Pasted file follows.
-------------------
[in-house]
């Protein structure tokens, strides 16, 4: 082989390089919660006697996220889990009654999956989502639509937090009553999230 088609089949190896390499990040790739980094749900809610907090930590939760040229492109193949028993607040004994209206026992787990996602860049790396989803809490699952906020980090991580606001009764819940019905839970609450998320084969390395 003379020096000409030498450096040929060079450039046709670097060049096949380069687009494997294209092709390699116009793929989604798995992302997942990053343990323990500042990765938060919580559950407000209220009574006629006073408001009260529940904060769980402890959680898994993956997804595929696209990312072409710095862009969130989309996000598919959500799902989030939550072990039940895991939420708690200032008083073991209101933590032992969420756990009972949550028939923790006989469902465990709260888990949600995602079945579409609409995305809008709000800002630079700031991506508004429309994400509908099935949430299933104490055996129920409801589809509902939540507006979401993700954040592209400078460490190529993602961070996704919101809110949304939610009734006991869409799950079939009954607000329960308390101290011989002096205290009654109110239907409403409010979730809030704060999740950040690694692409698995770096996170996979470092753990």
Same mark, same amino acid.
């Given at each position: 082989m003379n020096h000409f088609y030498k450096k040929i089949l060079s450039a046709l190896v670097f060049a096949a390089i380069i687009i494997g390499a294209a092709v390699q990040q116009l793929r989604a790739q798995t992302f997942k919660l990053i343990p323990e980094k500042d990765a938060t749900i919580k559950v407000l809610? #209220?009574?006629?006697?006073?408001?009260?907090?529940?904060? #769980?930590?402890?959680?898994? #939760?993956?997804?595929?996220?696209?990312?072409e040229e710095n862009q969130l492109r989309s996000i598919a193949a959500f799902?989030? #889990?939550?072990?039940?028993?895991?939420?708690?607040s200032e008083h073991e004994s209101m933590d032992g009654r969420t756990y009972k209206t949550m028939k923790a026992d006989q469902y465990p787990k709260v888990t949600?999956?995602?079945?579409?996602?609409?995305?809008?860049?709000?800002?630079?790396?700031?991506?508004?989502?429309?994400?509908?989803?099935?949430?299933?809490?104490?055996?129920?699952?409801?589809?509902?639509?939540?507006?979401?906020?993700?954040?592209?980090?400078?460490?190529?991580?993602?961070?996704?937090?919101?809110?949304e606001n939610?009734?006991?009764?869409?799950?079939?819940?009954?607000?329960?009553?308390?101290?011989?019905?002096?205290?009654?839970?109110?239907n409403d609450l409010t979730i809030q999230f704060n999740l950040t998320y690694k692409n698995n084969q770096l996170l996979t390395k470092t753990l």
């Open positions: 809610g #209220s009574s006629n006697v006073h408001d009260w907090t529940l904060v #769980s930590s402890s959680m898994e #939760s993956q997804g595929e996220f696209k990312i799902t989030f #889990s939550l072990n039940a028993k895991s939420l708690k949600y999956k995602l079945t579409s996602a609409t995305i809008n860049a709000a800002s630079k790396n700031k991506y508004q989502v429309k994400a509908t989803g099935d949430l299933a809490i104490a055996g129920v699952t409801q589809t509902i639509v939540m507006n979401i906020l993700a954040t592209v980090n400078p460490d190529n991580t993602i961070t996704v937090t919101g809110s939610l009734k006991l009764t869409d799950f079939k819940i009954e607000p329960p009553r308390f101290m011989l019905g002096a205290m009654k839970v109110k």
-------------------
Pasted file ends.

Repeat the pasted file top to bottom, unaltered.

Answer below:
[in-house]
């Protein structure tokens, strides 16, 4: 082989390089919660006697996220889990009654999956989502639509937090009553999230 088609089949190896390499990040790739980094749900809610907090930590939760040229492109193949028993607040004994209206026992787990996602860049790396989803809490699952906020980090991580606001009764819940019905839970609450998320084969390395 003379020096000409030498450096040929060079450039046709670097060049096949380069687009494997294209092709390699116009793929989604798995992302997942990053343990323990500042990765938060919580559950407000209220009574006629006073408001009260529940904060769980402890959680898994993956997804595929696209990312072409710095862009969130989309996000598919959500799902989030939550072990039940895991939420708690200032008083073991209101933590032992969420756990009972949550028939923790006989469902465990709260888990949600995602079945579409609409995305809008709000800002630079700031991506508004429309994400509908099935949430299933104490055996129920409801589809509902939540507006979401993700954040592209400078460490190529993602961070996704919101809110949304939610009734006991869409799950079939009954607000329960308390101290011989002096205290009654109110239907409403409010979730809030704060999740950040690694692409698995770096996170996979470092753990």
Same mark, same amino acid.
């Given at each position: 082989m003379n020096h000409f088609y030498k450096k040929i089949l060079s450039a046709l190896v670097f060049a096949a390089i380069i687009i494997g390499a294209a092709v390699q990040q116009l793929r989604a790739q798995t992302f997942k919660l990053i343990p323990e980094k500042d990765a938060t749900i919580k559950v407000l809610? #209220?009574?006629?006697?006073?408001?009260?907090?529940?904060? #769980?930590?402890?959680?898994? #939760?993956?997804?595929?996220?696209?990312?072409e040229e710095n862009q969130l492109r989309s996000i598919a193949a959500f799902?989030? #889990?939550?072990?039940?028993?895991?939420?708690?607040s200032e008083h073991e004994s209101m933590d032992g009654r969420t756990y009972k209206t949550m028939k923790a026992d006989q469902y465990p787990k709260v888990t949600?999956?995602?079945?579409?996602?609409?995305?809008?860049?709000?800002?630079?790396?700031?991506?508004?989502?429309?994400?509908?989803?099935?949430?299933?809490?104490?055996?129920?699952?409801?589809?509902?639509?939540?507006?979401?906020?993700?954040?592209?980090?400078?460490?190529?991580?993602?961070?996704?937090?919101?809110?949304e606001n939610?009734?006991?009764?869409?799950?079939?819940?009954?607000?329960?009553?308390?101290?011989?019905?002096?205290?009654?839970?109110?239907n409403d609450l409010t979730i809030q999230f704060n999740l950040t998320y690694k692409n698995n084969q770096l996170l996979t390395k470092t753990l």
């Open positions: 809610g #209220s009574s006629n006697v006073h408001d009260w907090t529940l904060v #769980s930590s402890s959680m898994e #939760s993956q997804g595929e996220f696209k990312i799902t989030f #889990s939550l072990n039940a028993k895991s939420l708690k949600y999956k995602l079945t579409s996602a609409t995305i809008n860049a709000a800002s630079k790396n700031k991506y508004q989502v429309k994400a509908t989803g099935d949430l299933a809490i104490a055996g129920v699952t409801q589809t509902i639509v939540m507006n979401i906020l993700a954040t592209v980090n400078p460490d190529n991580t993602i961070t996704v937090t919101g809110s939610l009734k006991l009764t869409d799950f079939k819940i009954e607000p329960p009553r308390f101290m011989l019905g002096a205290m009654k839970v109110k």